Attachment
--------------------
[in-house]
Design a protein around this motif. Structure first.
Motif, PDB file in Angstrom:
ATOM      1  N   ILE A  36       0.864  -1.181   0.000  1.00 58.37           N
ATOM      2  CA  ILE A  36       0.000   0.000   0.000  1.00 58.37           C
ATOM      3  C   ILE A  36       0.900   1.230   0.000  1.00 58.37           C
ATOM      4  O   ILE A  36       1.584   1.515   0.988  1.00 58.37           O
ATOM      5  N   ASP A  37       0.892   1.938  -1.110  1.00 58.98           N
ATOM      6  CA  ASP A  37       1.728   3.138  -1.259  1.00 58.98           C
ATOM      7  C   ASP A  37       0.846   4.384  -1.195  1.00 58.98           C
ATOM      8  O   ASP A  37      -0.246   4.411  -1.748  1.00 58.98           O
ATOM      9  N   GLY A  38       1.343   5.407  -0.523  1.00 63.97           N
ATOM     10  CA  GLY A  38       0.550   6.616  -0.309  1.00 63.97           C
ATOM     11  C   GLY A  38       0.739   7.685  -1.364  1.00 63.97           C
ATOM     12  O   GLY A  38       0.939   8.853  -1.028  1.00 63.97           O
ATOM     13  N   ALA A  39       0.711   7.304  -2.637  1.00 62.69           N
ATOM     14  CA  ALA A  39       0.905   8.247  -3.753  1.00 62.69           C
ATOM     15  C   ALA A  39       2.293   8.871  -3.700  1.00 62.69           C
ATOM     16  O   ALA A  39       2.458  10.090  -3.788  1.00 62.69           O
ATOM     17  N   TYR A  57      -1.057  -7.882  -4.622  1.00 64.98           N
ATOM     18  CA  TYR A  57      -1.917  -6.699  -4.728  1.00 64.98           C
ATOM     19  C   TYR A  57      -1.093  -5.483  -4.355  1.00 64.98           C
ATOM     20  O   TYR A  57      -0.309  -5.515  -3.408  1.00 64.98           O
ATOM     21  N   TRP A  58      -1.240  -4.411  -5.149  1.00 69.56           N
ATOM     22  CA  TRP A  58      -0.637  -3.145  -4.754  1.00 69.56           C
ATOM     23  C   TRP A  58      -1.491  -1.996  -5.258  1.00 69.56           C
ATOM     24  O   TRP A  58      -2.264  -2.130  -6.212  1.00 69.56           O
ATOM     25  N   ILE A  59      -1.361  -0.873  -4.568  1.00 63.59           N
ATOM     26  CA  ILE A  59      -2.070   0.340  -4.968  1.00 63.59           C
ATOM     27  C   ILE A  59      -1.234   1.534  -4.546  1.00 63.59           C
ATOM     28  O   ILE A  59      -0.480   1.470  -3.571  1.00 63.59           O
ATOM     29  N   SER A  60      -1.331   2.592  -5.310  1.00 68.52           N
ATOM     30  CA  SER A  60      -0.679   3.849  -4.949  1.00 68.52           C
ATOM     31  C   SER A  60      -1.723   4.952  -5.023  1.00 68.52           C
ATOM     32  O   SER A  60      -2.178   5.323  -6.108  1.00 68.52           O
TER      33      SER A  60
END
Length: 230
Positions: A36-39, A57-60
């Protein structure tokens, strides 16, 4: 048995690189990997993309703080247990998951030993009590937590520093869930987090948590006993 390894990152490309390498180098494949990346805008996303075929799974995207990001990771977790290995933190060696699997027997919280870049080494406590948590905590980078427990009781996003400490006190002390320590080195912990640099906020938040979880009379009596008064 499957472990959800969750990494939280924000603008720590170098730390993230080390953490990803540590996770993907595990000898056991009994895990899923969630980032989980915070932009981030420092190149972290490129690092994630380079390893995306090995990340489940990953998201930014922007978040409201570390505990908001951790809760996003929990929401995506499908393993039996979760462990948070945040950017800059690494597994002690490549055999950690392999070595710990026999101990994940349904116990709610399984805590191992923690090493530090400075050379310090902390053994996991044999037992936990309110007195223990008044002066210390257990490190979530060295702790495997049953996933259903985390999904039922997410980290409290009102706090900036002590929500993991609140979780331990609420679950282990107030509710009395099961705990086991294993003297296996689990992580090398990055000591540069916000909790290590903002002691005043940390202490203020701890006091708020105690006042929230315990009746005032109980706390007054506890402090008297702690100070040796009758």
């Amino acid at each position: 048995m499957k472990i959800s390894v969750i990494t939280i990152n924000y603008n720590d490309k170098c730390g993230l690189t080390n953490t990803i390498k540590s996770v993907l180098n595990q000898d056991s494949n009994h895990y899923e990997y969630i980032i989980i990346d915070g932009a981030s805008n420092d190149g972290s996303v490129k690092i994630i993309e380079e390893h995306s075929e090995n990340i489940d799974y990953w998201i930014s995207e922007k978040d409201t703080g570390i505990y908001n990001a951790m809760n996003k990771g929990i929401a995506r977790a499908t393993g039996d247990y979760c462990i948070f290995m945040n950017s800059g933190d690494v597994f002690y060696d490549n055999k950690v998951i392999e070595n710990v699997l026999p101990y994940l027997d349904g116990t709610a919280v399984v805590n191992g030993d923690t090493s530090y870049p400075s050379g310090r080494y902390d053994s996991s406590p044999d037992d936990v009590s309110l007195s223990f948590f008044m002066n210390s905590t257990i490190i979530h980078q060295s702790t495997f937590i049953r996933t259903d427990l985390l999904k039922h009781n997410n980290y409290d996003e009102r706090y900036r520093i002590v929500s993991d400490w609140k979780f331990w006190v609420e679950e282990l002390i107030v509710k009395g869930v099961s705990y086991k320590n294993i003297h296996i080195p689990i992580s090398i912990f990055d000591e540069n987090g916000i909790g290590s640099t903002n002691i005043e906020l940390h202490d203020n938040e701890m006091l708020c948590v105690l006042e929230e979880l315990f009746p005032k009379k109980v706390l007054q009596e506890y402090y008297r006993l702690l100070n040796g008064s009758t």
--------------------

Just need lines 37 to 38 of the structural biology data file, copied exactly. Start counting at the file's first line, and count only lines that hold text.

END
Length: 230